The Sesame Street puppets have done much for children over the years. They have taught them the alphabet. They have taught them to count. They have taught them that it is acceptable for two men to share a bedroom.
And, now, they are helping refugee children to adjust to the trauma of displacement.
The Sesame Workshop has teamed up with humanitarian aid organisation the International Rescue Committee (IRC), in order to deliver early-years education and emotional support to refugee children in Jordan, Lebanon, Iraq and Syria.
Working together, the Sesame Workshop (formerly known, to those of a certain vintage, as the Children’s Television Workshop) and the IRC will create multimedia content featuring Big Bird, Elmo (pictured top and below) and those paragons of intimacy and long-term fidelity, Bert and Ernie.
The educational material will be specifically tailored to meet the developmental needs of refugee children and their parents, and to mitigate the impact of the trauma they have experienced.
It will include digital content, as well as printed material, in order to reach the largest possible number of children. It will be distributed through schools, community centres and health clinics.
The content will be drawn from the Sesame Workshop’s existing Jordanian, Egyptian and Gulf programmes, in order to ensure that it is culturally appropriate to the refugee children.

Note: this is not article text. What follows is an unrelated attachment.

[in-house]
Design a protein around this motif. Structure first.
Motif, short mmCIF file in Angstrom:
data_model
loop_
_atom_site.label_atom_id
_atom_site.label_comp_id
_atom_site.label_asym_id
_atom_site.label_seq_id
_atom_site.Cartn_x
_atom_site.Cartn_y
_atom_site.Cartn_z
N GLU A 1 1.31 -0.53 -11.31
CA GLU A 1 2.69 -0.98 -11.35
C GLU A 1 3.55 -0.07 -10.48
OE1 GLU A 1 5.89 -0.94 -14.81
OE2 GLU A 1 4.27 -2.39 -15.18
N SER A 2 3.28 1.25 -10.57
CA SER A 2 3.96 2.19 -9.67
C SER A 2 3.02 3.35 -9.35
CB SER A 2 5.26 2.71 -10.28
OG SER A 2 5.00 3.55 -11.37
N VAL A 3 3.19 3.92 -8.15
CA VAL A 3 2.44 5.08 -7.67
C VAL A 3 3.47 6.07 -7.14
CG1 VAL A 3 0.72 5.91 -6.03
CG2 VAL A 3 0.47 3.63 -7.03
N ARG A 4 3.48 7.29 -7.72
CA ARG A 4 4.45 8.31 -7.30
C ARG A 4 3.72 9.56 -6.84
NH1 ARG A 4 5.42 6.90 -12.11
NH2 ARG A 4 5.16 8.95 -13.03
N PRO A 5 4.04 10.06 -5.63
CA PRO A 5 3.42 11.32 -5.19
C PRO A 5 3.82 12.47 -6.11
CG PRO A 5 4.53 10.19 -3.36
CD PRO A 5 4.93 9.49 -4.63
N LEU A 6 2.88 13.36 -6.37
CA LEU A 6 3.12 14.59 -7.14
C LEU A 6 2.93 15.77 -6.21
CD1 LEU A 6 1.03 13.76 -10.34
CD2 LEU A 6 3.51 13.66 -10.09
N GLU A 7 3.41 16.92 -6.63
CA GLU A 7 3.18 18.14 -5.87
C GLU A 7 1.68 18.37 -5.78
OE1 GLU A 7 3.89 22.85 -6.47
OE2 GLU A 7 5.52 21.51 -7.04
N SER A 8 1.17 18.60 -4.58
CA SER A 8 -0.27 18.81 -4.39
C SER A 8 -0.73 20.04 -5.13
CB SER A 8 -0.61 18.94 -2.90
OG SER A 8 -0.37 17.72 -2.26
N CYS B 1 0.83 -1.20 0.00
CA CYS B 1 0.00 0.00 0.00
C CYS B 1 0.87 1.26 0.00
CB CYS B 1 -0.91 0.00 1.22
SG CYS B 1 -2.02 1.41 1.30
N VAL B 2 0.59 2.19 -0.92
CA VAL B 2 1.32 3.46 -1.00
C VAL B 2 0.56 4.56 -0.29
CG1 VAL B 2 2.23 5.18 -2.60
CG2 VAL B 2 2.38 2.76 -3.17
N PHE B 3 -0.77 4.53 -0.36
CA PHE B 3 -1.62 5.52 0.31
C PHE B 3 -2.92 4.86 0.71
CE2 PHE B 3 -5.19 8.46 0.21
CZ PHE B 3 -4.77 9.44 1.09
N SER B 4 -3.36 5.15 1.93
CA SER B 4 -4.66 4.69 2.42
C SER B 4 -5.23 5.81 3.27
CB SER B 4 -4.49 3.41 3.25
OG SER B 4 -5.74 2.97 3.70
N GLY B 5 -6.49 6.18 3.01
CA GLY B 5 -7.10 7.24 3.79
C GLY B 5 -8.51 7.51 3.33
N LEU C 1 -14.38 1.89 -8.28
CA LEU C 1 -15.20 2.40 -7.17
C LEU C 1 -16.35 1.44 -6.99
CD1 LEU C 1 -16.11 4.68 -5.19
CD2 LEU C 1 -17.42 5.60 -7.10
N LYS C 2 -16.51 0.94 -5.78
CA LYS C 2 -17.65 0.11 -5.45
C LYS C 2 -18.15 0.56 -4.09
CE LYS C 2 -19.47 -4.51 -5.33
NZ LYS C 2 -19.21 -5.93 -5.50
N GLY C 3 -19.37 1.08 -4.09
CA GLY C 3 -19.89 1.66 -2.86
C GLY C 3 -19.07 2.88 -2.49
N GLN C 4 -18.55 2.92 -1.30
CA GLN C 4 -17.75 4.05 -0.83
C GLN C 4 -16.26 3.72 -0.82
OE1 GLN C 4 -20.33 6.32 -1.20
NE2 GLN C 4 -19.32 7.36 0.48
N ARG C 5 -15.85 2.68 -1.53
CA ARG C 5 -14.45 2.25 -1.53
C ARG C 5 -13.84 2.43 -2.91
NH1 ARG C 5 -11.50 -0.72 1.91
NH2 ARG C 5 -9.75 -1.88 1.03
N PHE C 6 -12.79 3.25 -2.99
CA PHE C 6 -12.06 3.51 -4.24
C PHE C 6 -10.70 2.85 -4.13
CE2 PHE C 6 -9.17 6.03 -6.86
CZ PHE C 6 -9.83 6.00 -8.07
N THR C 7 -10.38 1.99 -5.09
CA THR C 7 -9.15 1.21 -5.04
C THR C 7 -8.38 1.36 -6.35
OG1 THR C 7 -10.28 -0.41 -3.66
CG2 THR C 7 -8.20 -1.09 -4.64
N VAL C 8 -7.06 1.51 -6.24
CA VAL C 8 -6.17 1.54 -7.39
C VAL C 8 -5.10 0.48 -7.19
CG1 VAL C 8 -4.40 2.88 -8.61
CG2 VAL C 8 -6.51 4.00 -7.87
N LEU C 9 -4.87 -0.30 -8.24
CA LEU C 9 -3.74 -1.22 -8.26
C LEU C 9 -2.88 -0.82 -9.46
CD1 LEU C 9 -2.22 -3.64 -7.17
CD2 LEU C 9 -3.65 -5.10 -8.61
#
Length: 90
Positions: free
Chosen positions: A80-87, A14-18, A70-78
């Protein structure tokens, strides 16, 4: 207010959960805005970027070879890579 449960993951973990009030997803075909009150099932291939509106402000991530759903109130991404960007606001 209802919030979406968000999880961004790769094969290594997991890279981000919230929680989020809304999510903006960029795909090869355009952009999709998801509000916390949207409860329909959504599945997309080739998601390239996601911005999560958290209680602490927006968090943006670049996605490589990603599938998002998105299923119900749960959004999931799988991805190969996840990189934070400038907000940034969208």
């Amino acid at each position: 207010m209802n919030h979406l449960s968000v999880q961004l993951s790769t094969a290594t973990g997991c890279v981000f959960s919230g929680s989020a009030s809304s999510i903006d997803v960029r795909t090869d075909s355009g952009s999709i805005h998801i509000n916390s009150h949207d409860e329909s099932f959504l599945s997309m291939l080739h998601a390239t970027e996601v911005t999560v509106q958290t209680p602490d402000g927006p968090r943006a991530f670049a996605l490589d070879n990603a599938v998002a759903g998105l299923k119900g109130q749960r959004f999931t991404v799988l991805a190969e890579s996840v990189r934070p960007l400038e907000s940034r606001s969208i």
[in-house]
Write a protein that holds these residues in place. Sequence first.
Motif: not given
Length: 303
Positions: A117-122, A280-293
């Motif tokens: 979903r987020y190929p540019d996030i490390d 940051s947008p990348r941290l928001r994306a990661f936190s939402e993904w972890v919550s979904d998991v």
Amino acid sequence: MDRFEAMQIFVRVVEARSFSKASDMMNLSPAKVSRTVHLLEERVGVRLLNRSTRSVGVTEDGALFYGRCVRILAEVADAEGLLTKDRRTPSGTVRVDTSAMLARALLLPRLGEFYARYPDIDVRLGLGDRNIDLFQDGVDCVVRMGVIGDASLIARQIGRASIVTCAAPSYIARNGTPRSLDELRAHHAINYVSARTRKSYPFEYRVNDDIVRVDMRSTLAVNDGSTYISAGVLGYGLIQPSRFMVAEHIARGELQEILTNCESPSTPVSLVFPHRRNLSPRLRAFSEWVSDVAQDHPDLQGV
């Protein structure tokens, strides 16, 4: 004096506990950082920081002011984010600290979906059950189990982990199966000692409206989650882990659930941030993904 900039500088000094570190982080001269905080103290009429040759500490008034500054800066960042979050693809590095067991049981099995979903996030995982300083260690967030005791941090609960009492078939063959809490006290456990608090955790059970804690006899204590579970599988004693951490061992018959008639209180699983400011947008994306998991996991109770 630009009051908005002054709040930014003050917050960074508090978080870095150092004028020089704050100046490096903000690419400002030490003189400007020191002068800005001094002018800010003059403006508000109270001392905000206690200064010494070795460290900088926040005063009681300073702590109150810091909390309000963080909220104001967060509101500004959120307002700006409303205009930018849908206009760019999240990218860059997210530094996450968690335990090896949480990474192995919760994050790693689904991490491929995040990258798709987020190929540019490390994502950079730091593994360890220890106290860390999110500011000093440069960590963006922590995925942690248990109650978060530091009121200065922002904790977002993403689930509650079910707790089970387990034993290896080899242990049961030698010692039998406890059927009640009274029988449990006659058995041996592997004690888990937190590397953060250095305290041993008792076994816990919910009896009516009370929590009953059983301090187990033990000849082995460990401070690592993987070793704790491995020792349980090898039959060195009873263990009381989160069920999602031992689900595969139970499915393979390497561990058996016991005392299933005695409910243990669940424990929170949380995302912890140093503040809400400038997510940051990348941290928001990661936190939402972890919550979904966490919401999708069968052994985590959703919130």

Around the world, 25 million people have been displaced from their homes; half of those are children.
“We are in the middle of a global refugee crisis,” says David Miliband, president of the IRC, in a three-minute film produced by the Sesame Workshop to promote its scheme.
“We know that children who suffer the trauma of war and displacement at an early age suffer the scars of that for many years to come.”
The film then cuts to puppet Elmo, talking to a child refugee wearing a headscarf, and then biting another’s ears. From there, it moves on to yellow fluffy monster Zoe, making a group of children laugh.
“I think our muppets are our secret weapon,” Sherrie Westin, of the Sesame Workshop, tells the cameras. “These Muppets have the ability to appeal to and engage children all over the world.”
The project has been selected as a semi-finalist for a $100 million (£80 million) grant from the MacArthur Foundation.
Photo credit: Ryan Heffernan, for Sesame Workshop